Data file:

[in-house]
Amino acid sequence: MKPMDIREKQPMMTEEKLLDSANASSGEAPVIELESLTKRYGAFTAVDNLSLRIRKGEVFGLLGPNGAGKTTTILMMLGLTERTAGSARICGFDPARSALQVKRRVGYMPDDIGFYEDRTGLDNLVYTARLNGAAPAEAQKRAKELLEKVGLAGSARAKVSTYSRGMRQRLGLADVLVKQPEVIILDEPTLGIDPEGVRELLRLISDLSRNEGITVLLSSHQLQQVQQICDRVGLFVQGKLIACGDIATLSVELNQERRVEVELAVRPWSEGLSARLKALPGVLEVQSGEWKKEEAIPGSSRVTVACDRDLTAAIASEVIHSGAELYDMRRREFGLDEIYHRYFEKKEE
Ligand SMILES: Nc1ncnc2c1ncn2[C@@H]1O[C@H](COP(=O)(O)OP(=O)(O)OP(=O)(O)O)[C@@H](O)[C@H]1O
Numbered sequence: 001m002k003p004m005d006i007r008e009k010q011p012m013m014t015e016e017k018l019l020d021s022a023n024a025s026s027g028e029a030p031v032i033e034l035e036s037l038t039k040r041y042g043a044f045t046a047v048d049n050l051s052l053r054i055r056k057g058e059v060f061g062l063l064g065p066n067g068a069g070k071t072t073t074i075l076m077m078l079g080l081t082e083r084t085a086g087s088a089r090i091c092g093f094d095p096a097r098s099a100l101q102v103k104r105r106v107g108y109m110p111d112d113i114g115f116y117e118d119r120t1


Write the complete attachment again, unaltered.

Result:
[in-house]
Amino acid sequence: MKPMDIREKQPMMTEEKLLDSANASSGEAPVIELESLTKRYGAFTAVDNLSLRIRKGEVFGLLGPNGAGKTTTILMMLGLTERTAGSARICGFDPARSALQVKRRVGYMPDDIGFYEDRTGLDNLVYTARLNGAAPAEAQKRAKELLEKVGLAGSARAKVSTYSRGMRQRLGLADVLVKQPEVIILDEPTLGIDPEGVRELLRLISDLSRNEGITVLLSSHQLQQVQQICDRVGLFVQGKLIACGDIATLSVELNQERRVEVELAVRPWSEGLSARLKALPGVLEVQSGEWKKEEAIPGSSRVTVACDRDLTAAIASEVIHSGAELYDMRRREFGLDEIYHRYFEKKEE
Ligand SMILES: Nc1ncnc2c1ncn2[C@@H]1O[C@H](COP(=O)(O)OP(=O)(O)OP(=O)(O)O)[C@@H](O)[C@H]1O
Numbered sequence: 001m002k003p004m005d006i007r008e009k010q011p012m013m014t015e016e017k018l019l020d021s022a023n024a025s026s027g028e029a030p031v032i033e034l035e036s037l038t039k040r041y042g043a044f045t046a047v048d049n050l051s052l053r054i055r056k057g058e059v060f061g062l063l064g065p066n067g068a069g070k071t072t073t074i075l076m077m078l079g080l081t082e083r084t085a086g087s088a089r090i091c092g093f094d095p096a097r098s099a100l101q102v103k104r105r106v107g108y109m110p111d112d113i114g115f116y117e118d119r120t1